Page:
A microscopic analysis of the morphology and ultrastructure of the digestive, salivary, and reproductive systems of adult Bemisia tabaci (Gennadius) (Hemiptera: Aleyrodidae) B type was conducted using light, scanning, and transmission electron microscopy. The internal anatomy of B. tabaci was found to be similar to that reported for Trialeurodes vaporariorum. In a microscopic analysis of the salivary glands, we have shown that each primary salivary gland is composed of at least 13 cells varying in morphology and staining differentially, while the accessory salivary glands are composed of four morphologically similar cells. We analyzed the course of the alimentary canal in B. tabaci, demonstrated the internal morphology of the organs, and clarified the location of the filter chamber relative to other organs in the whitefly. Our observations confirm that the pair of structures extending from the connecting chamber are caeca that may aid in fluid movement through the midgut and are not Malpighian tubules, as previously suggested. We confirm an earlier finding that the whitefly lacks Malpighian tubules, having instead specialized Malpighian-like cells within the filter chamber at the juncture with the internal ileum. Finally, we provide the first scanning electron microscopic analysis showing the reproductive organs of B. tabaci. Our investigation provides clarified terminology for several components of the digestive and excretory system. We also provide drawings and micrographs that will aid future researchers in localizing the internal organs of B. tabaci. We expect our analysis to provide a valuable tool for studying B. tabaci / plant virus interactions and physiological and biological aspects of this insect. © 2001 Wiley-Liss, Inc.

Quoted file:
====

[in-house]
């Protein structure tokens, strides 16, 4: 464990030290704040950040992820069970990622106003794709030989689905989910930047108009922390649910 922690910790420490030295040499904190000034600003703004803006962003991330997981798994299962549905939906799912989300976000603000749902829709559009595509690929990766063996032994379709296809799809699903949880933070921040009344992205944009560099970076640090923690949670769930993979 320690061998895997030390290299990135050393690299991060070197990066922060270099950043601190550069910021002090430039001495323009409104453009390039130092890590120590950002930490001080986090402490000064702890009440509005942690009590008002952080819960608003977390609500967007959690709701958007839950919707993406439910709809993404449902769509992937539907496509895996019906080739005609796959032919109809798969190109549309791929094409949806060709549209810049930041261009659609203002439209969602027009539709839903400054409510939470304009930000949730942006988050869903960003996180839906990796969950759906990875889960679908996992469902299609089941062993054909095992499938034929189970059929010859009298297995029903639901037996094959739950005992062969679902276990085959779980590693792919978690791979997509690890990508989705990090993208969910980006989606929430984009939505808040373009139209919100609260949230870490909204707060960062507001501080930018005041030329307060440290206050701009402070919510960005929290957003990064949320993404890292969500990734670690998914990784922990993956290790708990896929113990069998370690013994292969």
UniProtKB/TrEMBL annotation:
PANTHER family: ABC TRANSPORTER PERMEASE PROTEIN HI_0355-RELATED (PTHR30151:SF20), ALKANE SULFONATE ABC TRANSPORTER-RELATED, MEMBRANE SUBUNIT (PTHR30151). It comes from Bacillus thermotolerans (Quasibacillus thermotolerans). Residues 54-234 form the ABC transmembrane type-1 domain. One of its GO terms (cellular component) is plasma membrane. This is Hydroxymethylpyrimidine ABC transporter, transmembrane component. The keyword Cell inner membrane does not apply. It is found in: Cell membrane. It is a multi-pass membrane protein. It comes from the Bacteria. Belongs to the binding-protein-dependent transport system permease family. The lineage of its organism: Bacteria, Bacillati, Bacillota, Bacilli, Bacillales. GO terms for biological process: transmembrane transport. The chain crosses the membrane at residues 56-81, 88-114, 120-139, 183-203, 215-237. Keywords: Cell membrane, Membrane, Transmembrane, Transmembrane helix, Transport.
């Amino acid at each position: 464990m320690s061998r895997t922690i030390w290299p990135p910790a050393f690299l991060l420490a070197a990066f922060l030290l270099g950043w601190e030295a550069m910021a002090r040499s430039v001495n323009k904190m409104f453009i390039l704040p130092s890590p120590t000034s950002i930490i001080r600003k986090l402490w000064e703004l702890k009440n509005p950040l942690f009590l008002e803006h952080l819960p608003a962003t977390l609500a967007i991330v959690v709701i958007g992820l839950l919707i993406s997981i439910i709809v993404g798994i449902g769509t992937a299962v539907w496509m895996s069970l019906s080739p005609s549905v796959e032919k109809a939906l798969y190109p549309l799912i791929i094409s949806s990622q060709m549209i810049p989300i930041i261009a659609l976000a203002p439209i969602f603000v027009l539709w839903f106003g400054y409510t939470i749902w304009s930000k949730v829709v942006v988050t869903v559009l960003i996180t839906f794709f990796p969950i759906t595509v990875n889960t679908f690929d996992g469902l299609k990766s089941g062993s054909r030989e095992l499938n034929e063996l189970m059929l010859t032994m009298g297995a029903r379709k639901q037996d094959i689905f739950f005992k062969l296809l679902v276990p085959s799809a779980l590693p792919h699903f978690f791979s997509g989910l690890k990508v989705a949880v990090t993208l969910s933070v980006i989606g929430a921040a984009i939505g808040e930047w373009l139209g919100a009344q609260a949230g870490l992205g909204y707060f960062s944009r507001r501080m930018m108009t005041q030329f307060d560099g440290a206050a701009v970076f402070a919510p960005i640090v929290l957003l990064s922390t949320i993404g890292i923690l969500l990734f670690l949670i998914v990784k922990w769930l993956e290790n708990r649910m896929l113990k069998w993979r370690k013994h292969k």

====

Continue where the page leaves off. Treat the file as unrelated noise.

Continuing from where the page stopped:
The biological and molecular characterization of a virus recognized as a distinct begomovirus species, Tomato curly stunt virus (ToCSV), first observed in South Africa in 1997, is reported here. Whitefly-transmission and host-range studies were carried out using a Bemisia tabaci colony identified as the B-biotype. The experimental host range of ToCSV spanned primarily species in the Solanaceae and Fabaceae. The complete ToCSV genome (2.766 kb) was amplified by PCR, cloned, and the DNA sequence determined. Phylogenetic analysis revealed that ToCSV was most closely related to Tobacco leaf curl Zimbabwe virus (TbLCZV), at 84% nucleotide identity, indicating that ToCSV is a new species in the genus Begomovirus that is probably endemic to southern Africa. The ToCSV genome sequence contained all of the hallmark coding and non-coding features characteristic of other previously recognized monopartite begomoviruses. ToCSV is only the second begomovirus described from southern Africa that infects solanaceous species. Neither a begomoviral DNA-B component nor a satellite-like DNA molecule was detected by PCR in extracts of ToCSV-infected plants. © 2008 The Authors.
Xie, W., Chen, C., Yang, Z., Guo, L., Zhou, X., Wang, D., Chen, M., Huang, J., Wen, Y., Zeng, Y., Liu, Y., Yang, X., Xia, J., Tian, L., Cui, H., Jiao,X, Wu, Q., Wang, S., Xu, B., Li, X., Tan, X., Ghanim, M., Pan, H., Ren, S., Qiu, B., Chu, D., Delatte, Maruthi, H.M.N., Ge, F., Zhou, X., Wang, X., Wan, F., Du, Y., Luo, C., Yan, F., Preisser, E.L., Zhao, J., Gao, Q., Xia, J., Liu, Y., Yin, Y., Brown, J.K., and Zhang, Y. 2017. The invasive Q-type Bemisia tabaci genome: a tale of gene loss and gene gain. Gigascience (accepted with revision).
Chingandu, N., Zia-Ur-Rehman, M., Sreenivasan, T.N., Surujdeo-Maharaj, S., Umaharan, P., Guttierez, O.A., and Brown, J.K. 2016. Previously-elusive badnaviruses associated with symptomatic cacao in Trinidad, the first cacao-infecting viruses in the New World. Arch. Virol. doi:10.1007/s00705-017-3235-2.